Crowdfunding Helps Solve Rare Disease Mystery

February 11, 2015 1:47 pm | by Tel Aviv University | News | Comments

Rare diseases — those that affect fewer than one in 200,000 people — are often identified early in life. Some 30 percent of children afflicted by these "orphan diseases" do not live to see their fifth birthday. While the US Orphan Drug Act of 1983 was written into law to promote research on the topic, the cost of identifying the source and progression of these diseases remains prohibitive for many families.

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Cybersecurity students Kai Greshake, Eric Petryka and Jens Heyens have discovered 39,890 unprotected Internet databases.

Security Gaps Discovered in 39,890 Online Databases

February 11, 2015 12:24 pm | by University Saarland | News | Comments

Due to a misconfigured open source database upon which millions of online stores and platforms from all over the world base their services, anyone had the ability to call up or modify several million pieces of customer data online including names, addresses and e-mails. According to the Center for IT-Security, Privacy and Accountability, this vulnerability was demonstrated for 40,000 online databases.

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Static example of the experimental Potential Storm Surge Inundation Map, here for the Texas Gulf Coast, outside of Houston. The final product will be interactive with pan and zoom capabilities. Courtesy of the National Hurricane Center (NHC)

Communicating Hurricanes’ Real Risks

February 11, 2015 12:08 pm | by NSF | News | Comments

A hurricane is heading toward the coast. Weather forecasters predict strong winds, massive waves and intense rainfall. But what does that mean for you? Will your neighborhood be flooded? Should you evacuate?

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Space Station Flyover -- Courtesy of NASA/ESA/Samantha Cristoforetti

Space Station Flyover: Gulf of Aden and Horn of Africa

February 11, 2015 11:44 am | by ESA | News | Comments

European Space Agency astronaut Samantha Cristoforetti, who is working and living on the International Space Station as part of Italy’s Futura mission, took this photograph from the International Space Station. Cristoforetti wrote, "A spectacular flyover of the Gulf of Aden and the Horn of Africa. #HelloEarth"

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Origin Viewer 9.2

Origin Viewer 9.2

February 11, 2015 11:24 am | Originlab Corporation | Product Releases | Comments

Origin Viewer 9.2 is a standalone application that allows viewing, copying and sharing of graph or worksheet information from Origin Project (OPJ) files and Origin window (OGG, OGW, OGM) files on computers that do not have Origin installed. Features include extra-large icon view, mouseover graph preview, icon or details view of windows and the capability to show or hide columns of details view.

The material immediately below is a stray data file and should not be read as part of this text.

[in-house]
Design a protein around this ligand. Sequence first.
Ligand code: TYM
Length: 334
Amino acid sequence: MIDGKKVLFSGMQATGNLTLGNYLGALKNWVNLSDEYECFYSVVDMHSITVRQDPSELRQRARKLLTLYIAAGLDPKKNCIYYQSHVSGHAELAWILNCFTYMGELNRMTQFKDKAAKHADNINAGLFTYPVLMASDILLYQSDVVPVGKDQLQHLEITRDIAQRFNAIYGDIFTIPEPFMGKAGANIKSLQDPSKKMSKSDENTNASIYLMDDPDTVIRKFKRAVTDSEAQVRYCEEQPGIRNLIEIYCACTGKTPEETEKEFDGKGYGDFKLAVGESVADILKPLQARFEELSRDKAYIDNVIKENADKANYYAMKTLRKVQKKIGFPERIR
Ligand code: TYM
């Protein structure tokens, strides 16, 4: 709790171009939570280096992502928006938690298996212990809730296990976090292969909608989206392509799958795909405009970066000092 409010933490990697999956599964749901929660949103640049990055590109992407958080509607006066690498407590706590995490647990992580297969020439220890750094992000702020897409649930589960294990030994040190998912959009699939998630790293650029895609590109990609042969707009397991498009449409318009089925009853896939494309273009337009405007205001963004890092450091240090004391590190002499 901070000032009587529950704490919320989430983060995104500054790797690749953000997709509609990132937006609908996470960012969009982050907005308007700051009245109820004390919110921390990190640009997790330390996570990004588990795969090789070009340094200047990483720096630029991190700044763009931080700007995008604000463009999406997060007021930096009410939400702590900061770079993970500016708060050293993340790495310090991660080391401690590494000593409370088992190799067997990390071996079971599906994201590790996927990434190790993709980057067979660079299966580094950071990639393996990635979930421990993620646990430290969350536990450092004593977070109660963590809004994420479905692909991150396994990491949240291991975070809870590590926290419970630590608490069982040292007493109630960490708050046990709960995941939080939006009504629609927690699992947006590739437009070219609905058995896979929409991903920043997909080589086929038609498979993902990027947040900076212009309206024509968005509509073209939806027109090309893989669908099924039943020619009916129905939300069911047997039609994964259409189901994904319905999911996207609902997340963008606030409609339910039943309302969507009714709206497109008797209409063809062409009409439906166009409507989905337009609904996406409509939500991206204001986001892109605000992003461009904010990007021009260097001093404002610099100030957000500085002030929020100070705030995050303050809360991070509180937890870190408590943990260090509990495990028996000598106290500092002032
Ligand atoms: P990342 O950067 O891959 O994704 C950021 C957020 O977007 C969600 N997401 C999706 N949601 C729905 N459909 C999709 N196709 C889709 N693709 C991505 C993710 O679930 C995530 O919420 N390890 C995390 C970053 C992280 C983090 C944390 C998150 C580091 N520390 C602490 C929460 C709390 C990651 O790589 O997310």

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Rotifer Actively Feeding -- Courtesy of Nikon Small World

A Rotifer Actively Feeding

February 10, 2015 12:20 pm | News | Comments

This 417x photo shows a rotifer (Conochilus unicornis) actively feeding — this rotifer species forms a free floating spherical colony. It won 13th Placein the 2014 Nikon Small World Photomicrophotography Competition, which recognizes excellence in photography with the optical microscope, and was taken using differential interference contrast.

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Seahorse Scientific Workbench

Seahorse Scientific Workbench

February 10, 2015 12:07 pm | BSSN Software GmbH | Product Releases | Comments

Seahorse Scientific Workbench is a vendor-neutral software suite for capturing, analyzing and sharing analytical data. The software consolidates raw and result data from multiple experimental techniques in a single tool, based on the emerging ASTM AnIML Data Standard. It captures each step of the workflow and presents it in its entirety.

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The World Wide Lightning Location Network Web site features “an amazing new visualization of global lightning.”

World Thunderstorm Map Provides Continuous Coverage of Thunderstorms All over the Planet

February 10, 2015 12:00 pm | by Tel Aviv University | News | Comments

New research will likely be crucial to measuring the impact of climate change on thunderstorms — one of the weather occurrences most problematic for human life on the planet. The varying frequency and intensity of thunderstorms have direct repercussions for the public, agriculture and industry.